The Lehigh Unniversity Engineering Advisory Board meets a few times per year and at least one of the meetings focuses on a strategic issue opportunity. The meeting held earlier this month was held in Washington, D.C. and focused on U.S. electrical energy generation, transmission, distribution, storage, and consumption. One of the EAB members is Judy Marks who is an executive at Lockheed Martin and she was kind enough to have her company host our meeting. On arrival night we were fortunate to hear a short lecture on the future of fighter jet aircraft at the Lockheed Fighter Jet Demonstration Center in Arlington. Even better was that each of us got to spend some time in F-22 and F-35 flight simulators.
The Lockheed Martin F-35 Lightning II is also a fifth-generation, single-seat, single-engine stealth fighter but additionally is “multi-role” — it can perform close air support, tactical bombing, and air defense missions. I flew in the simulator for the short take off and vertical-landing variant of the plane. In addition to the amazing flying capabilities it can land on an aircraft carrier vertically. As I was bringing it down, it adjusted itself to land right next to another F-35 that was on the carrier deck. The F-35 is intended to become a Joint Strike Fighter and deployed by numerous countries around the world. At a mere $83 million each it is much more affordable than the F-22!
The meeting turned serious first thing in the morning — a deep dive by the Engineering Advisory Board along with leading experts from government, industry, and Lehigh faculty researchers in energy, advanced materials, and systems research. The goals were to assess future needs in integrated energy systems, evaluate technical and intellectual niches at Lehigh relevant to these needs, and envision a bold developmental roadmap toward a world-class energy systems research center. Lehigh has a lot of depth in key areas that are fundamental to energy systems and the brainstorming at this meeting was designed to trigger ideas to leverage the available skills. When I was an electrical engineering student 40+ years ago there were two curricula options — power systems or electronics. The latter had a bit more glamour for many. Energy (power) systems may take the baton.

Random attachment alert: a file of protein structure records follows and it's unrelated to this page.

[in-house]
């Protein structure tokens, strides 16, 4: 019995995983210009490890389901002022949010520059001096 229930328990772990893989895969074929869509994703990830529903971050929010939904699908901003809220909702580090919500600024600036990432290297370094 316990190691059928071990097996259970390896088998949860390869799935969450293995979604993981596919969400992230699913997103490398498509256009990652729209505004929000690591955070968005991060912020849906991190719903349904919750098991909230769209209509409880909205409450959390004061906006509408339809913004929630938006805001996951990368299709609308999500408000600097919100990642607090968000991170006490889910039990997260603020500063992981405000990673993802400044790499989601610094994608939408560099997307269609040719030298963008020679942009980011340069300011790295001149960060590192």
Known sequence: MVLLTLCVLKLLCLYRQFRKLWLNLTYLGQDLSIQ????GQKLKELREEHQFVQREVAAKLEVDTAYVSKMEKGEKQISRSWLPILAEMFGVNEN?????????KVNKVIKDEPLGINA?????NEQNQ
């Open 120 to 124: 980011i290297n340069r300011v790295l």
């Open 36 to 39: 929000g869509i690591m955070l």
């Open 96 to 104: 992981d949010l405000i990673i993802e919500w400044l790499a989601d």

It almost goes without saying how important and massive the global energy challenge is. Clearly it warrants a full range of energy systems research activities for years to come, incorporating technologies ranging from a smart electrical grid to advanced energy generation and storage; from sensing, networking and power electronics, to integrated communication and decision support architectures and technologies that support a smarter, more efficient, more resilient, and better integrated energy system. The “smart” part of the grid has to go from top to bottom — including at the consumer level where smart meters and smart appliances will enable consumers to know what energy they are using and to make informed decisions on when it is best to utilize energy.
Implementing the “smart grid” is easier said than done. There are many different standards and protocols in use by utilities across the country — some would say a hodgepodge. It reminds me of the early days of the Internet. My grandchildren were born after the Internet was well established but those of us old enough to remember know how many competing networks there were in the early 1990’s — SNA from IBM, AppleLink from Apple, DecLink from Digital and dozens of others. The Internet Architecture Board of the Internet Engineering Task Force pulled together a set of standards that superseded all other networks and became *the* network. A similar effort is now underway under coordination of the National Institute of Standards and Technology. It was nostalgic to read and even if you only read the table of contents you will get an appreciation of the potential. See the NIST Framework and Roadmap for smart Grid Interoperability Standards. It is standards that make the Internet global and efficient. Likewise the smart grid standards will make it possible to predict and prevent power outages and ensure efficient transmission, distribution, storage, and utilization of energy no matter how it was produced. The need for the smart grid is great and the clock is ticking. Lehigh is gearing up to provide critical research and graduates to help move things forward.